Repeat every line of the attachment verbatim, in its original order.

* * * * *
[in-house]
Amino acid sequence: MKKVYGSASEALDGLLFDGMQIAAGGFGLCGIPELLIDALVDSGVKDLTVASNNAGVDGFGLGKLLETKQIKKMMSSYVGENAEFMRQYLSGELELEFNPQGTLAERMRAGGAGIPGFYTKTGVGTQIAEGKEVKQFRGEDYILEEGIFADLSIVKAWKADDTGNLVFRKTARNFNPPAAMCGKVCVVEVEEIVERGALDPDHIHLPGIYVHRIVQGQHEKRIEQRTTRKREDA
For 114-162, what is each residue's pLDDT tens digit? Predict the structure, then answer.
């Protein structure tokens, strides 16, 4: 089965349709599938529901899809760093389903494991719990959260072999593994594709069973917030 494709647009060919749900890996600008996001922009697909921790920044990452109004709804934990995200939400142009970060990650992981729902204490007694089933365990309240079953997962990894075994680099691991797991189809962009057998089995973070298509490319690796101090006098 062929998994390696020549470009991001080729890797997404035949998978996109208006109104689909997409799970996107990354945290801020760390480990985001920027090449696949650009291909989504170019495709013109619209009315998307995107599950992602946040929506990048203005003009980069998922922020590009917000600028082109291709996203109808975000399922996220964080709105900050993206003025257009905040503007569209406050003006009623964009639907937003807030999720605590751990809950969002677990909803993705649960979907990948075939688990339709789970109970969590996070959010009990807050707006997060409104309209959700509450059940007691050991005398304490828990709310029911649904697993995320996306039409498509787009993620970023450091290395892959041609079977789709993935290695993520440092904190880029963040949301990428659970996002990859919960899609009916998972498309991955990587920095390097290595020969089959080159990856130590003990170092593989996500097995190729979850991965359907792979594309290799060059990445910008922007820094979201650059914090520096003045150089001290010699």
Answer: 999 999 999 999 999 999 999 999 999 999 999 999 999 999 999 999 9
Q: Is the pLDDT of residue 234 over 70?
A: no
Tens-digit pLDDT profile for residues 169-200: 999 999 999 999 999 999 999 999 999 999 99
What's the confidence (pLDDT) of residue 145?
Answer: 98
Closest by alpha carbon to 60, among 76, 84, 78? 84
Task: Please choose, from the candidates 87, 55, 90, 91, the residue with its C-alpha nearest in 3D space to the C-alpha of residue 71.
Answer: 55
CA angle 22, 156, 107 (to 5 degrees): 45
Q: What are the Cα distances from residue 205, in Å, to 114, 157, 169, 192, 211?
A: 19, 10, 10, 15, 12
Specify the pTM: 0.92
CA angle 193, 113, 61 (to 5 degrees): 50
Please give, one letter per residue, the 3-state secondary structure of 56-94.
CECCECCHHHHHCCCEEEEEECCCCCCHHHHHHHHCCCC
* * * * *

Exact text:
[in-house]
Amino acid sequence: MKKVYGSASEALDGLLFDGMQIAAGGFGLCGIPELLIDALVDSGVKDLTVASNNAGVDGFGLGKLLETKQIKKMMSSYVGENAEFMRQYLSGELELEFNPQGTLAERMRAGGAGIPGFYTKTGVGTQIAEGKEVKQFRGEDYILEEGIFADLSIVKAWKADDTGNLVFRKTARNFNPPAAMCGKVCVVEVEEIVERGALDPDHIHLPGIYVHRIVQGQHEKRIEQRTTRKREDA
For 114-162, what is each residue's pLDDT tens digit? Predict the structure, then answer.
């Protein structure tokens, strides 16, 4: 089965349709599938529901899809760093389903494991719990959260072999593994594709069973917030 494709647009060919749900890996600008996001922009697909921790920044990452109004709804934990995200939400142009970060990650992981729902204490007694089933365990309240079953997962990894075994680099691991797991189809962009057998089995973070298509490319690796101090006098 062929998994390696020549470009991001080729890797997404035949998978996109208006109104689909997409799970996107990354945290801020760390480990985001920027090449696949650009291909989504170019495709013109619209009315998307995107599950992602946040929506990048203005003009980069998922922020590009917000600028082109291709996203109808975000399922996220964080709105900050993206003025257009905040503007569209406050003006009623964009639907937003807030999720605590751990809950969002677990909803993705649960979907990948075939688990339709789970109970969590996070959010009990807050707006997060409104309209959700509450059940007691050991005398304490828990709310029911649904697993995320996306039409498509787009993620970023450091290395892959041609079977789709993935290695993520440092904190880029963040949301990428659970996002990859919960899609009916998972498309991955990587920095390097290595020969089959080159990856130590003990170092593989996500097995190729979850991965359907792979594309290799060059990445910008922007820094979201650059914090520096003045150089001290010699």
Answer: 999 999 999 999 999 999 999 999 999 999 999 999 999 999 999 999 9
Q: Is the pLDDT of residue 234 over 70?
A: no
Tens-digit pLDDT profile for residues 169-200: 999 999 999 999 999 999 999 999 999 999 99
What's the confidence (pLDDT) of residue 145?
Answer: 98
Closest by alpha carbon to 60, among 76, 84, 78? 84
Task: Please choose, from the candidates 87, 55, 90, 91, the residue with its C-alpha nearest in 3D space to the C-alpha of residue 71.
Answer: 55
CA angle 22, 156, 107 (to 5 degrees): 45
Q: What are the Cα distances from residue 205, in Å, to 114, 157, 169, 192, 211?
A: 19, 10, 10, 15, 12
Specify the pTM: 0.92
CA angle 193, 113, 61 (to 5 degrees): 50
Please give, one letter per residue, the 3-state secondary structure of 56-94.
CECCECCHHHHHCCCEEEEEECCCCCCHHHHHHHHCCCC